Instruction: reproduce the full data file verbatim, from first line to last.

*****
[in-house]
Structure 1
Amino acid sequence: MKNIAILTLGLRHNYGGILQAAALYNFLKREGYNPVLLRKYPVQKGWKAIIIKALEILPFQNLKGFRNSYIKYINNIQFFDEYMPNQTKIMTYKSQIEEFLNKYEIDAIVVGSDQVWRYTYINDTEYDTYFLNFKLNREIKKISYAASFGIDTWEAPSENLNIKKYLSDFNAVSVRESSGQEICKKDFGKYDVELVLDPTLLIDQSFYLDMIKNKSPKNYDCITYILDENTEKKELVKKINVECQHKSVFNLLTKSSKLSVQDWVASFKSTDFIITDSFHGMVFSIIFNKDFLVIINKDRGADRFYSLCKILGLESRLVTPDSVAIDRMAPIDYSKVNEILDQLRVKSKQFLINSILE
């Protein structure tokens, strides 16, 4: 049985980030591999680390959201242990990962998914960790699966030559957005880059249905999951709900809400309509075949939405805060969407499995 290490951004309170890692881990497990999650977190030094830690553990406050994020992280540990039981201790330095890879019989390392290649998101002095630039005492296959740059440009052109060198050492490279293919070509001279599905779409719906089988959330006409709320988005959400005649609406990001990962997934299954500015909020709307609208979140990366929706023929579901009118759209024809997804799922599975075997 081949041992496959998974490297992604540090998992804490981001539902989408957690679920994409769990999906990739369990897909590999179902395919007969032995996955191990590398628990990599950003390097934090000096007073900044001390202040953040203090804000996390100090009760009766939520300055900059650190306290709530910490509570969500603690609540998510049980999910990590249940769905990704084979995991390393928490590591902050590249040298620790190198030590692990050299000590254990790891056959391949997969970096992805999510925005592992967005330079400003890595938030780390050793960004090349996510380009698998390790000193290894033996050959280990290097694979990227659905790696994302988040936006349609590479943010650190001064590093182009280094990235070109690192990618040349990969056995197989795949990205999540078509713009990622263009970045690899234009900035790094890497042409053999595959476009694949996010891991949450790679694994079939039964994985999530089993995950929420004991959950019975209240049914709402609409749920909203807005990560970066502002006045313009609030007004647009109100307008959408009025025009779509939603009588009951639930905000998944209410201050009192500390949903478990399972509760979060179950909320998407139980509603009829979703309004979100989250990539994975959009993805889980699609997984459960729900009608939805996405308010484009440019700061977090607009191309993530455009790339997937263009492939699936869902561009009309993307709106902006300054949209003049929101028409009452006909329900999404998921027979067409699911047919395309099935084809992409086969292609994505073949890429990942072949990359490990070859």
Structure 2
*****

[in-house]
Structure 1
Amino acid sequence: MKNIAILTLGLRHNYGGILQAAALYNFLKREGYNPVLLRKYPVQKGWKAIIIKALEILPFQNLKGFRNSYIKYINNIQFFDEYMPNQTKIMTYKSQIEEFLNKYEIDAIVVGSDQVWRYTYINDTEYDTYFLNFKLNREIKKISYAASFGIDTWEAPSENLNIKKYLSDFNAVSVRESSGQEICKKDFGKYDVELVLDPTLLIDQSFYLDMIKNKSPKNYDCITYILDENTEKKELVKKINVECQHKSVFNLLTKSSKLSVQDWVASFKSTDFIITDSFHGMVFSIIFNKDFLVIINKDRGADRFYSLCKILGLESRLVTPDSVAIDRMAPIDYSKVNEILDQLRVKSKQFLINSILE
């Protein structure tokens, strides 16, 4: 049985980030591999680390959201242990990962998914960790699966030559957005880059249905999951709900809400309509075949939405805060969407499995 290490951004309170890692881990497990999650977190030094830690553990406050994020992280540990039981201790330095890879019989390392290649998101002095630039005492296959740059440009052109060198050492490279293919070509001279599905779409719906089988959330006409709320988005959400005649609406990001990962997934299954500015909020709307609208979140990366929706023929579901009118759209024809997804799922599975075997 081949041992496959998974490297992604540090998992804490981001539902989408957690679920994409769990999906990739369990897909590999179902395919007969032995996955191990590398628990990599950003390097934090000096007073900044001390202040953040203090804000996390100090009760009766939520300055900059650190306290709530910490509570969500603690609540998510049980999910990590249940769905990704084979995991390393928490590591902050590249040298620790190198030590692990050299000590254990790891056959391949997969970096992805999510925005592992967005330079400003890595938030780390050793960004090349996510380009698998390790000193290894033996050959280990290097694979990227659905790696994302988040936006349609590479943010650190001064590093182009280094990235070109690192990618040349990969056995197989795949990205999540078509713009990622263009970045690899234009900035790094890497042409053999595959476009694949996010891991949450790679694994079939039964994985999530089993995950929420004991959950019975209240049914709402609409749920909203807005990560970066502002006045313009609030007004647009109100307008959408009025025009779509939603009588009951639930905000998944209410201050009192500390949903478990399972509760979060179950909320998407139980509603009829979703309004979100989250990539994975959009993805889980699609997984459960729900009608939805996405308010484009440019700061977090607009191309993530455009790339997937263009492939699936869902561009009309993307709106902006300054949209003049929101028409009452006909329900999404998921027979067409699911047919395309099935084809992409086969292609994505073949890429990942072949990359490990070859």
Structure 2